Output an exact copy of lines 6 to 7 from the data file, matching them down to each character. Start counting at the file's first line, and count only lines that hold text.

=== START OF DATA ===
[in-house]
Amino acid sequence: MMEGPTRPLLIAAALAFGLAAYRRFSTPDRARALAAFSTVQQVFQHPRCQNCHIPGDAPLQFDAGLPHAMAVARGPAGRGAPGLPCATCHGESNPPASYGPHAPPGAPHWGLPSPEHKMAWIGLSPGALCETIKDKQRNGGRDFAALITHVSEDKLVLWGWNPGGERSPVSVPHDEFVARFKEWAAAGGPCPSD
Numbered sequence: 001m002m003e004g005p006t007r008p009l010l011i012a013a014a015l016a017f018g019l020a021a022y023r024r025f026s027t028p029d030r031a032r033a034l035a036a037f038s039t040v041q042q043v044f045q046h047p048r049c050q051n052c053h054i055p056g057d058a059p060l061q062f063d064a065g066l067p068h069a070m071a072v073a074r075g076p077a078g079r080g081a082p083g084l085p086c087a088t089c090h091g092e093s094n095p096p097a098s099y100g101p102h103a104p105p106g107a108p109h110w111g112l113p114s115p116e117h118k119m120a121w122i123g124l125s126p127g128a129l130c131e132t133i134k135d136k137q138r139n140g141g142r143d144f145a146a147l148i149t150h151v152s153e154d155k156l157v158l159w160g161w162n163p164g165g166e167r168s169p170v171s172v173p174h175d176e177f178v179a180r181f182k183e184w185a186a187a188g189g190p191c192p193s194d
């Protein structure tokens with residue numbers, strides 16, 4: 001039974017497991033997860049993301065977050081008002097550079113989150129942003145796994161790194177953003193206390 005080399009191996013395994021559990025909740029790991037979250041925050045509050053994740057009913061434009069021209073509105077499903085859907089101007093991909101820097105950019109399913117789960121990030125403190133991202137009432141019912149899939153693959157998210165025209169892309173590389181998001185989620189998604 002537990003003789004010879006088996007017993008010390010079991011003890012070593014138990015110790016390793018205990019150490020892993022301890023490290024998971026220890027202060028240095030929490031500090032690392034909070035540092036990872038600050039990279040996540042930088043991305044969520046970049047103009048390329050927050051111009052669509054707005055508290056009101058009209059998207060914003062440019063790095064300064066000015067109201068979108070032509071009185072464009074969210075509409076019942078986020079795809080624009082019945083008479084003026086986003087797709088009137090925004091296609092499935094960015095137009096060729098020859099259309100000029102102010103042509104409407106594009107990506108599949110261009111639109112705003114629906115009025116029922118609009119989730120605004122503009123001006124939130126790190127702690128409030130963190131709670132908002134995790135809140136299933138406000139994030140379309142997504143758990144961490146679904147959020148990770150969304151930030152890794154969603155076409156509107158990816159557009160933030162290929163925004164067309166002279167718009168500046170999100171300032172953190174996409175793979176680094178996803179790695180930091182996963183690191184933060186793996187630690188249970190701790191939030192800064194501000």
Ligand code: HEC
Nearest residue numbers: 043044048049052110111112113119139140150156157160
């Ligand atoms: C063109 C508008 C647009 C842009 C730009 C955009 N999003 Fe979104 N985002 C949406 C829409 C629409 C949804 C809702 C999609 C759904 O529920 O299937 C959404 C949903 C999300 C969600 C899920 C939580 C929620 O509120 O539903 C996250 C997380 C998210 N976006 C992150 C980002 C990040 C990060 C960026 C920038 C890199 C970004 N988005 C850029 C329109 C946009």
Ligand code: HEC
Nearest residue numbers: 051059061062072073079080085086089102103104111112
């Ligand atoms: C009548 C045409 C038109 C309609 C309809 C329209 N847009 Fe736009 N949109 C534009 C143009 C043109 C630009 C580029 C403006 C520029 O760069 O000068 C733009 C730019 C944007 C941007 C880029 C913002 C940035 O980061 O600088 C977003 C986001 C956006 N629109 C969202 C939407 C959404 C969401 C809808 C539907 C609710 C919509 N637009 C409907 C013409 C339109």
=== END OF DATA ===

Nearest residue numbers: 043044048049052110111112113119139140150156157160
């Ligand atoms: C063109 C508008 C647009 C842009 C730009 C955009 N999003 Fe979104 N985002 C949406 C829409 C629409 C949804 C809702 C999609 C759904 O529920 O299937 C959404 C949903 C999300 C969600 C899920 C939580 C929620 O509120 O539903 C996250 C997380 C998210 N976006 C992150 C980002 C990040 C990060 C960026 C920038 C890199 C970004 N988005 C850029 C329109 C946009």